First of all, anger is believed to be a natural thought that is assumed to be sometimes unwanted or irrational, and they are believed to be emotions that everybody can experience during life time as suggested by Sanders et la., 2004 . In this view, anger as suggested is believed to be one of the most powerful, yet misunderstood emotions, and that unfortunately, individuals’ misconceptions about anger lead to a lot of dysfunctional behaviour; as such, below are common myths about anger:
Cognitive Perspective In Psychology
Although, I think I am able to keep my cool under certain situations I do happen to have some anger. I think this trait developed in many ways. According to the Cognitive Approach it, “explains anger to be because of fault reasoning and a reliance on irrational beliefs” (Burger, 2015, p. 416). I believe that my anger is related to relying on a group of irrational beliefs. I have the tendency to believe that I must be competent, adequate and achieve in all important respects. I tend to believe that when a situation arrives it triggers these irrational beliefs and the emotional consequence of being anger comes about. This irrational way of thinking brings a rage of anger and frustration because I believe that I must meet those irrational beliefs. On the other
What Is The Theme Of Anger
Anger is an emotional state to express feelings such as indignation that may range in intensity from mild irritation to intense fury and rage, according to Charles Spielberger, a psychologist who specializes in the study of anger. Anger can destroy man's life and make him live in misery forever, so anger has been fed by feelings of disappointment, hurt, rejection, and embarrassment. Anger may consider useful for psychopaths in order to express their inside feelings. The expression of anger can be through active or passive behaviors. In the case of “active” emotion, the angry person “lashes out” verbally or physically at a target. When anger is a “passive” emotion it is characterized by silent sulking, passive-aggressive behavior, hostility and tension” (Clausen 7). Anger can also be caused as irritation escalates during exposure to an annoyance.
How Does Emotion Affect Our Personal And Social Lives?
“Anybody can become angry-that is easy, but to be angry with the right person, to the right degree, at the right time, for the right purpose, and in the right way - that is not within everybody 's power and is not easy” (Leonard, Miles & Ban der Kar, 1994, p. 203). This is a quote from Aristotle, which is consistent with what has been called emotion regulation (Gross, 1998).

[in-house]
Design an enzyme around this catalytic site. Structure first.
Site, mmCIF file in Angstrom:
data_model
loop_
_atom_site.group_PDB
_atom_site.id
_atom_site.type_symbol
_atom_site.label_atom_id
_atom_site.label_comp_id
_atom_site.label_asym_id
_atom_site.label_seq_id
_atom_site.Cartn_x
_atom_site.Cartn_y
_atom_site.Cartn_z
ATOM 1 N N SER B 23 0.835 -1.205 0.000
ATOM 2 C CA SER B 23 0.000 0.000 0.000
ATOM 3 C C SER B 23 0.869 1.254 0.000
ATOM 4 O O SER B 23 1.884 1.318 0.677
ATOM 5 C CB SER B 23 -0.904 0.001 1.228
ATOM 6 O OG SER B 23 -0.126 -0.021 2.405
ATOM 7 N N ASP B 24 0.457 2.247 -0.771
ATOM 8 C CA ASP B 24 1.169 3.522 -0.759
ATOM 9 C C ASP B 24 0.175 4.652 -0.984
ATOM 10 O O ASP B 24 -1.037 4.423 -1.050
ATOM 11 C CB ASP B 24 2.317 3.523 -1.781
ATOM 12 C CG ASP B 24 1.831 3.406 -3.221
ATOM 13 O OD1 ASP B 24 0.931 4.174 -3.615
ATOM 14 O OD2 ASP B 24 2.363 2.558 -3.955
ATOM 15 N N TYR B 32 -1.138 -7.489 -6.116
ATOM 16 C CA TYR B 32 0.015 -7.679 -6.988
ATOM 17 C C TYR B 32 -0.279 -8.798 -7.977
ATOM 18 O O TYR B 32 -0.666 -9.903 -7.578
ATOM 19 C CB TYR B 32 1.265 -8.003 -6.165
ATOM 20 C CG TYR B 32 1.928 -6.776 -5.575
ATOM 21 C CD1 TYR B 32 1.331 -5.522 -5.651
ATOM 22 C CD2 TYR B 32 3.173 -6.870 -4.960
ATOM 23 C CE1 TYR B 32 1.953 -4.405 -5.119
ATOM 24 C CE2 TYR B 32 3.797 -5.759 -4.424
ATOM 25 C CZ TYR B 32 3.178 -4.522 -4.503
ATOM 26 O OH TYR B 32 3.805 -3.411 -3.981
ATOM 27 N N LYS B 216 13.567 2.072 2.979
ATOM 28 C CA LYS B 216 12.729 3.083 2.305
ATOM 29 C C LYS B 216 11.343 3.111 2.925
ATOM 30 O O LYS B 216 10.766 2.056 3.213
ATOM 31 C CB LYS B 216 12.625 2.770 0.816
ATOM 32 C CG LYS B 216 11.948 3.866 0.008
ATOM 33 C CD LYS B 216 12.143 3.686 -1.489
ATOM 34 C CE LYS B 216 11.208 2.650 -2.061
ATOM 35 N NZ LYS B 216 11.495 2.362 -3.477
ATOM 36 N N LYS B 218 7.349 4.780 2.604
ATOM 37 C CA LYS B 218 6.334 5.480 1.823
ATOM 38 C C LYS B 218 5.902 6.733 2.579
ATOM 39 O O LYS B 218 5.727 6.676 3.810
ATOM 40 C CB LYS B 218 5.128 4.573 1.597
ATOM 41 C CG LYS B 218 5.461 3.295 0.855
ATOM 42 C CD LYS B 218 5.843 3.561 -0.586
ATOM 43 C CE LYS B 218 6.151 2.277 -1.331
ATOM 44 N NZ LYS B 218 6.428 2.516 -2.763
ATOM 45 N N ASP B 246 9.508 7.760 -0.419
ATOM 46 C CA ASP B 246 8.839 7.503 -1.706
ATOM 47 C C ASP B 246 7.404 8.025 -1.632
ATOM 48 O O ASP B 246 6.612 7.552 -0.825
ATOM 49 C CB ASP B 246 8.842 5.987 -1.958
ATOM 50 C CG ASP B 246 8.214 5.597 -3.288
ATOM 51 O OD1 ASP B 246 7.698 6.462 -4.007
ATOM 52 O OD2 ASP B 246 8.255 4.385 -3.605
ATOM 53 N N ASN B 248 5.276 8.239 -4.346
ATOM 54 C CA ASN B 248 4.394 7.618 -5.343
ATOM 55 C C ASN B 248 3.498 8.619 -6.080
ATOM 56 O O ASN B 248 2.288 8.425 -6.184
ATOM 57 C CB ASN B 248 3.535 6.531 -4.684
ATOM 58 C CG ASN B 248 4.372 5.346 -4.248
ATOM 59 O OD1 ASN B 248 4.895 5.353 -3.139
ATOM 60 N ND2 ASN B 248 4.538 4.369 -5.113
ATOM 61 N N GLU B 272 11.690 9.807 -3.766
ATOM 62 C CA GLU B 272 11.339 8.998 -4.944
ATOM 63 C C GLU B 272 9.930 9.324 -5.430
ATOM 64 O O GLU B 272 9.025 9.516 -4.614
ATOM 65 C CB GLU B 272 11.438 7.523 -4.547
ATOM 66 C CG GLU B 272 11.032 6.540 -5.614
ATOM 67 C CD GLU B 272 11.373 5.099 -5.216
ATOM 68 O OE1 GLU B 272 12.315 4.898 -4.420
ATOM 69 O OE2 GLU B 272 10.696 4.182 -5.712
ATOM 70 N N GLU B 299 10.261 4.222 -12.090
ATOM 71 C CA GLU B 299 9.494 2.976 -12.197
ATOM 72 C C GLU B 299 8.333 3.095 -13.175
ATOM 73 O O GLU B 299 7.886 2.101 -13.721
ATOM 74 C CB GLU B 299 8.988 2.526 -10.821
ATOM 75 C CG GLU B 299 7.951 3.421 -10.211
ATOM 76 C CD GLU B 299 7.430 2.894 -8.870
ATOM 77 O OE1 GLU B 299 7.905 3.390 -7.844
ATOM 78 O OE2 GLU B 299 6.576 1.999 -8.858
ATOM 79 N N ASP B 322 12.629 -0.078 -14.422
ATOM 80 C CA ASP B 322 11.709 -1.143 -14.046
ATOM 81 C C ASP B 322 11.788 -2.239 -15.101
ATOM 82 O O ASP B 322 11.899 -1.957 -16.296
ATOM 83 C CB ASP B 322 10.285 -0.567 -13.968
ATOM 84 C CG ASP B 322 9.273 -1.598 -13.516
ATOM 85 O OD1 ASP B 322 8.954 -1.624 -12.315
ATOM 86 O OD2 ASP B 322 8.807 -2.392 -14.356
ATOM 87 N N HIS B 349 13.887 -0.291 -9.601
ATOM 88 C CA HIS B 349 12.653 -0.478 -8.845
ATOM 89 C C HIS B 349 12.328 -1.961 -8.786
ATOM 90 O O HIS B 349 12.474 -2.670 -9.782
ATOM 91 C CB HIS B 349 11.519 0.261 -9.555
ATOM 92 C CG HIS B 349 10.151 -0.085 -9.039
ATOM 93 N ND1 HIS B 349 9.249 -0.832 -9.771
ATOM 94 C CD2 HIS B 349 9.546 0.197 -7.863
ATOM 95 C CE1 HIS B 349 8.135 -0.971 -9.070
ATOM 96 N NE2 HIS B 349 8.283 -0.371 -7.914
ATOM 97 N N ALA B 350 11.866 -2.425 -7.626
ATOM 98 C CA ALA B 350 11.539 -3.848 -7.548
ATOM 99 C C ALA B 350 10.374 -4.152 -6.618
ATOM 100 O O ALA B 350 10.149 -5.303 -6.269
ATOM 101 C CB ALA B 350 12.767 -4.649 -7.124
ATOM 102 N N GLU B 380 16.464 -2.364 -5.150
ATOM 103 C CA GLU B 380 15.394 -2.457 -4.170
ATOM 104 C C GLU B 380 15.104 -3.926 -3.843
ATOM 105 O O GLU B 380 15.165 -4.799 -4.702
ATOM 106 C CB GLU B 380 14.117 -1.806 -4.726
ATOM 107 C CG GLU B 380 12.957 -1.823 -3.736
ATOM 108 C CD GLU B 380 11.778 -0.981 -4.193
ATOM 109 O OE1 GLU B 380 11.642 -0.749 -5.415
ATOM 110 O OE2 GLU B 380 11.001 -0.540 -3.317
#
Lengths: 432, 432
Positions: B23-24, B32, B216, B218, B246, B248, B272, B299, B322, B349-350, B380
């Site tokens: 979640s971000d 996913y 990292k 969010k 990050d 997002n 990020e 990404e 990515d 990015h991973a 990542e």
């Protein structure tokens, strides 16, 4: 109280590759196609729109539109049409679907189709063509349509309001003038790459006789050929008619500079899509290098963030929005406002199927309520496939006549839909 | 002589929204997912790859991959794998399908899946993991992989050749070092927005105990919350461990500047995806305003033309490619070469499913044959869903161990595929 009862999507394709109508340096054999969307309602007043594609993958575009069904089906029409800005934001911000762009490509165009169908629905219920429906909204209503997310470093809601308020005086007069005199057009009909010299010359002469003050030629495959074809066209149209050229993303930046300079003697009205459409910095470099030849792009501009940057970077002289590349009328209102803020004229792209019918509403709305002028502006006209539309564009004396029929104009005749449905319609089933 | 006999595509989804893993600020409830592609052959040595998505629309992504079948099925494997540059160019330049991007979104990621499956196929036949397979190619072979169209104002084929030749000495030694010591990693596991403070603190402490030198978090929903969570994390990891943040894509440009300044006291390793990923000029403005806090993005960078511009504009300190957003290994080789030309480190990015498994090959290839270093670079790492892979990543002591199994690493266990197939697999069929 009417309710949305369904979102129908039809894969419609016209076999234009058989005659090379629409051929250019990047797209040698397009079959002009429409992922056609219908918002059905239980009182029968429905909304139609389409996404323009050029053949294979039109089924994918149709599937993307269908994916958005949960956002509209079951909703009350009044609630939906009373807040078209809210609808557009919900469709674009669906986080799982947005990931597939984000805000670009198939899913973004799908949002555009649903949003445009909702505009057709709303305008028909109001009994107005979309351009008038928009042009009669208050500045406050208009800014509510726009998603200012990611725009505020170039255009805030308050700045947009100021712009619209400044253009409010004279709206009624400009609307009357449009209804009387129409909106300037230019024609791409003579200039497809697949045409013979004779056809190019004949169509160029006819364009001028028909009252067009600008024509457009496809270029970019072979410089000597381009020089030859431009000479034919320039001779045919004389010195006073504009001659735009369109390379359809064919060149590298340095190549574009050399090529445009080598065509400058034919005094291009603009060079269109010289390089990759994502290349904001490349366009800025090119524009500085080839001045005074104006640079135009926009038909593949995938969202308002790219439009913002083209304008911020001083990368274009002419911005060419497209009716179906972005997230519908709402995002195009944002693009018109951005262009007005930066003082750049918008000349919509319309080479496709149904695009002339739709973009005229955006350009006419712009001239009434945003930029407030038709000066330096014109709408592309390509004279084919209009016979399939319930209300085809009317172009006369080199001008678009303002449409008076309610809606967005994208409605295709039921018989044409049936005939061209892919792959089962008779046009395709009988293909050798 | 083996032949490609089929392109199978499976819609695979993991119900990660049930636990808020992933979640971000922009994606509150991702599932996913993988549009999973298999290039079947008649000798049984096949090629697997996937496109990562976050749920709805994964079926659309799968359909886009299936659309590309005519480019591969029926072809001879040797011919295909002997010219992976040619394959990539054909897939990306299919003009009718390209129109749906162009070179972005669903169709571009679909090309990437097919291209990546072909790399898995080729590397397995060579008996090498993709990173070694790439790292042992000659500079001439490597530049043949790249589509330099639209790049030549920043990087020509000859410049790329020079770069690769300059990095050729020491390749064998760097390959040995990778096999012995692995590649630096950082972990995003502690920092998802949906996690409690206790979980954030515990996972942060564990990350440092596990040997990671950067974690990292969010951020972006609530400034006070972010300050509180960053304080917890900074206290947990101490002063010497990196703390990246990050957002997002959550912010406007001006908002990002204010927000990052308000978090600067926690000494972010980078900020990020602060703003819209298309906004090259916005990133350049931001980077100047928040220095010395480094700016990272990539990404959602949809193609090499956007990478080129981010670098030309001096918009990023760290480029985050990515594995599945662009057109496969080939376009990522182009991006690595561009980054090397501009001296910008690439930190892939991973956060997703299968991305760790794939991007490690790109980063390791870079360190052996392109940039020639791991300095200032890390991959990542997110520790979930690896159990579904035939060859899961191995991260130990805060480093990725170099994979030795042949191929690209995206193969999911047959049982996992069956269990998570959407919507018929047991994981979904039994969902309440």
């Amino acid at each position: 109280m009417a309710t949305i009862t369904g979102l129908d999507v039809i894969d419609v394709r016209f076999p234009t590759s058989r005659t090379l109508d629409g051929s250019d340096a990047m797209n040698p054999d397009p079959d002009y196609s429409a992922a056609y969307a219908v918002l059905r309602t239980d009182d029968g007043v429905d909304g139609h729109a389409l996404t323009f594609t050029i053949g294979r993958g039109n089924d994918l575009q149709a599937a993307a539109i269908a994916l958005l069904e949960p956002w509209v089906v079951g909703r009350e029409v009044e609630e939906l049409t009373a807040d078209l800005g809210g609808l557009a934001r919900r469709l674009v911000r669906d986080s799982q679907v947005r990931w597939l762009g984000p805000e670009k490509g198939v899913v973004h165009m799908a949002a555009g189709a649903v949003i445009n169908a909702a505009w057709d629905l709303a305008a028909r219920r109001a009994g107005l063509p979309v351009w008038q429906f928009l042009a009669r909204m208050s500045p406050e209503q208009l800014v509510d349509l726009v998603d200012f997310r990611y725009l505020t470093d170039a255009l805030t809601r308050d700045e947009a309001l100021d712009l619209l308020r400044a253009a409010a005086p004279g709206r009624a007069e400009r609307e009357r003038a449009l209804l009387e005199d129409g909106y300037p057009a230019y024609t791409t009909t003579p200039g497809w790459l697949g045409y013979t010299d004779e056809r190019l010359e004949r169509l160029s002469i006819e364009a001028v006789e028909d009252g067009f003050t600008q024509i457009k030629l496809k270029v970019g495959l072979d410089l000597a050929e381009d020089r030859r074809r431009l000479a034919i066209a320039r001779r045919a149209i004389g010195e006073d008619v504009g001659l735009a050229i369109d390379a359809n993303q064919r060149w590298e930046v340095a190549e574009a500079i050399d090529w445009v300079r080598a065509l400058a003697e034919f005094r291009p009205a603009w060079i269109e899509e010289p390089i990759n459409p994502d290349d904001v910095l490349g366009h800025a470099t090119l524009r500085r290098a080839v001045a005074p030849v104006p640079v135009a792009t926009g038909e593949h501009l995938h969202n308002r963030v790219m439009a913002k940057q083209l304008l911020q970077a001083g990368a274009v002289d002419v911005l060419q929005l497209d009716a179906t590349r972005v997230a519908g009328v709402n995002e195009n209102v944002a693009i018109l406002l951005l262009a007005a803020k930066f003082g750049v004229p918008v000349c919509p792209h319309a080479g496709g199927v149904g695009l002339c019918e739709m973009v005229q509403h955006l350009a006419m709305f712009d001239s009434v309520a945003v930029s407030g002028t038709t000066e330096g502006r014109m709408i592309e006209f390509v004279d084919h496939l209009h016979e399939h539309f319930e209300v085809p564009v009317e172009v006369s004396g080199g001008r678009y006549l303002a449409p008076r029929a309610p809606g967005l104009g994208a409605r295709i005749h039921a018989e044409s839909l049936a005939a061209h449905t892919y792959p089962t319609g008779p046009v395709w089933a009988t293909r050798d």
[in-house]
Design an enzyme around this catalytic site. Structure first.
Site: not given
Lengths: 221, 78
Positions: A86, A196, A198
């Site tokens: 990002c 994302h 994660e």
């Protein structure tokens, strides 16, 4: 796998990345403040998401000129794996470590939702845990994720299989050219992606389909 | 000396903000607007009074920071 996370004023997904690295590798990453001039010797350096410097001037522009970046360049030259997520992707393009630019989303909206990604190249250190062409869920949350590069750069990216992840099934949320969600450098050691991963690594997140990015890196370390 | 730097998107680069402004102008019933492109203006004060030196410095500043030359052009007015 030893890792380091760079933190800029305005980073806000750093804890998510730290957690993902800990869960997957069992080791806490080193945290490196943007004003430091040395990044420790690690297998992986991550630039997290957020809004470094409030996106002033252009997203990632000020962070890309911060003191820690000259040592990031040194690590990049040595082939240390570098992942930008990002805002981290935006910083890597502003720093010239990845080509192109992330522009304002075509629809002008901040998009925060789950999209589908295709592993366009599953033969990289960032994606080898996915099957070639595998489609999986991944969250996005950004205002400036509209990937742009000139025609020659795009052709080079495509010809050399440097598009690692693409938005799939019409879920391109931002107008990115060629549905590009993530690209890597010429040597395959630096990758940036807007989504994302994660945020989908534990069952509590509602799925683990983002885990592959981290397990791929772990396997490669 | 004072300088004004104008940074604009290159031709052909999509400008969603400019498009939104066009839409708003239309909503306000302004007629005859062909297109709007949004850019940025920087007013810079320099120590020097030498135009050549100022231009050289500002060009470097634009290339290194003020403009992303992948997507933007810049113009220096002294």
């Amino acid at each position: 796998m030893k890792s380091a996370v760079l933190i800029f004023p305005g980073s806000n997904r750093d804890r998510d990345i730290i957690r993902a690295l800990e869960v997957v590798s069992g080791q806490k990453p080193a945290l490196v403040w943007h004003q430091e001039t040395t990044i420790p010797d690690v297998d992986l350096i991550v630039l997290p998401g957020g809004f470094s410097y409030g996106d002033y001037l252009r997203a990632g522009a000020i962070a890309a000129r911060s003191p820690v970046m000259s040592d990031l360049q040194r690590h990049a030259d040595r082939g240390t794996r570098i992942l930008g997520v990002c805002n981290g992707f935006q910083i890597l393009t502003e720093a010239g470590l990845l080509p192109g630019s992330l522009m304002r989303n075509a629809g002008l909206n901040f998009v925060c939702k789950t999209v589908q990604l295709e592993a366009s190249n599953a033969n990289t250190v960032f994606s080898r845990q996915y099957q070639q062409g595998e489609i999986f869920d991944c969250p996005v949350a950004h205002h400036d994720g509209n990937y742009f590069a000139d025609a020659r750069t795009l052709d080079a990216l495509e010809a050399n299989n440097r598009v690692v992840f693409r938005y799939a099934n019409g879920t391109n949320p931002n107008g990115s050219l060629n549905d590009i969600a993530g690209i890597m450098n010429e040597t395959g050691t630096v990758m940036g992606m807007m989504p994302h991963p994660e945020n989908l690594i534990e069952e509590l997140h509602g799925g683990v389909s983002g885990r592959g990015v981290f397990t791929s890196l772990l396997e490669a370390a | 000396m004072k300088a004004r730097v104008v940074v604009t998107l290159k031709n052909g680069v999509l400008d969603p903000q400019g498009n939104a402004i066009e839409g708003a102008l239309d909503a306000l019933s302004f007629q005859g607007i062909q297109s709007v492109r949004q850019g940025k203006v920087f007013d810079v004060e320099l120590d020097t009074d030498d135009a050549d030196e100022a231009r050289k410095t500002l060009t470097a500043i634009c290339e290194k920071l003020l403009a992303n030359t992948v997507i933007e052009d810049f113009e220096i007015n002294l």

Anger Is A Weapon Of Destruction
Anger is a double edged weapon; it could be a weapon of destruction or a means of motivation. As a powerful human emotion, anger’s reasons and results are plenty. Anger can be resulted from insult, attack, abuse, frustration, deception, betrayal, racism, pain and etc. The end of the anger road is a forked; it can lead to overworking and progress but in most cases it leads to violence, revenge, aggression and a destructive behavior. When one is angry, adrenaline causes the body to get ready for a fight. It gives power and energy.
Strong emotions are a cause of the result of conflict individuals may have a number of strong and other negative emotions such as anger, distrust, disappointments, frustration, confusion, worry or fear. Before individual can deal with the emotion of others, individuals must first recognize their own feeling. Emotional intelligence allows people to understand and come together with others. It is created from variety characteristics such as becoming self aware, managing emotions, motivating your-self, and recognizing emotions in the others. Self-awareness requires capability of removing yourself from the emotion and allowing yourself to take a look at the whole picture without becoming overwhelmed and without responding so quickly. For example if you are having a disagreement with another person and take action due to your anger you may say something you don’t mean. But if you are aware of your anger
Anger Management, Anger : Cause, Or Fear